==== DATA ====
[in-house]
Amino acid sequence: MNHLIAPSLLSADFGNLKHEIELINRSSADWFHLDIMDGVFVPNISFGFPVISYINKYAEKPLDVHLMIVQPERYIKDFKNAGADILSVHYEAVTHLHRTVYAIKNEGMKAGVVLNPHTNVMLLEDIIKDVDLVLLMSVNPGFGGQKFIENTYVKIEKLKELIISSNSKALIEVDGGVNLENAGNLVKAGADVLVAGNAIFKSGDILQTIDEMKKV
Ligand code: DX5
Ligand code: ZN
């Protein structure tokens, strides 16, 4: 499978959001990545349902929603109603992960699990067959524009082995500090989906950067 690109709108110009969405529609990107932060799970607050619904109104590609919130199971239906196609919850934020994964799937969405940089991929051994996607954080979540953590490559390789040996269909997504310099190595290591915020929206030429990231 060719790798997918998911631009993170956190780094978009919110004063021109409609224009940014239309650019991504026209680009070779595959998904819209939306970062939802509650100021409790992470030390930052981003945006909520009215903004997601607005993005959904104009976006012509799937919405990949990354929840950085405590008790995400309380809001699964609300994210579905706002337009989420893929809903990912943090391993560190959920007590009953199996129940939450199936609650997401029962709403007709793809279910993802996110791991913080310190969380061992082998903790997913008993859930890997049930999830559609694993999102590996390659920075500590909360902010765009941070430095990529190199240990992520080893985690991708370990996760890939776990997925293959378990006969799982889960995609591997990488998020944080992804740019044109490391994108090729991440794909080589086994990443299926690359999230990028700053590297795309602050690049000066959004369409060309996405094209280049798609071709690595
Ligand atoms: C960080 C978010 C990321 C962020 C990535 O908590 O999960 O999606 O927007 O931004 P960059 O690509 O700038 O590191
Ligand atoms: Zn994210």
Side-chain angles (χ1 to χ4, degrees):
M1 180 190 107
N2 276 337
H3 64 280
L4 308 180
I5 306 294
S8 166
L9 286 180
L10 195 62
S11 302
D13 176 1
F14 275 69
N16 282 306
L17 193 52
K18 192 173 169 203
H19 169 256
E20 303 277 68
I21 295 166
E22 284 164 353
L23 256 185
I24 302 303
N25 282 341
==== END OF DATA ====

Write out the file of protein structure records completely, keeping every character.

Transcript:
[in-house]
Amino acid sequence: MNHLIAPSLLSADFGNLKHEIELINRSSADWFHLDIMDGVFVPNISFGFPVISYINKYAEKPLDVHLMIVQPERYIKDFKNAGADILSVHYEAVTHLHRTVYAIKNEGMKAGVVLNPHTNVMLLEDIIKDVDLVLLMSVNPGFGGQKFIENTYVKIEKLKELIISSNSKALIEVDGGVNLENAGNLVKAGADVLVAGNAIFKSGDILQTIDEMKKV
Ligand code: DX5
Ligand code: ZN
């Protein structure tokens, strides 16, 4: 499978959001990545349902929603109603992960699990067959524009082995500090989906950067 690109709108110009969405529609990107932060799970607050619904109104590609919130199971239906196609919850934020994964799937969405940089991929051994996607954080979540953590490559390789040996269909997504310099190595290591915020929206030429990231 060719790798997918998911631009993170956190780094978009919110004063021109409609224009940014239309650019991504026209680009070779595959998904819209939306970062939802509650100021409790992470030390930052981003945006909520009215903004997601607005993005959904104009976006012509799937919405990949990354929840950085405590008790995400309380809001699964609300994210579905706002337009989420893929809903990912943090391993560190959920007590009953199996129940939450199936609650997401029962709403007709793809279910993802996110791991913080310190969380061992082998903790997913008993859930890997049930999830559609694993999102590996390659920075500590909360902010765009941070430095990529190199240990992520080893985690991708370990996760890939776990997925293959378990006969799982889960995609591997990488998020944080992804740019044109490391994108090729991440794909080589086994990443299926690359999230990028700053590297795309602050690049000066959004369409060309996405094209280049798609071709690595
Ligand atoms: C960080 C978010 C990321 C962020 C990535 O908590 O999960 O999606 O927007 O931004 P960059 O690509 O700038 O590191
Ligand atoms: Zn994210």
Side-chain angles (χ1 to χ4, degrees):
M1 180 190 107
N2 276 337
H3 64 280
L4 308 180
I5 306 294
S8 166
L9 286 180
L10 195 62
S11 302
D13 176 1
F14 275 69
N16 282 306
L17 193 52
K18 192 173 169 203
H19 169 256
E20 303 277 68
I21 295 166
E22 284 164 353
L23 256 185
I24 302 303
N25 282 341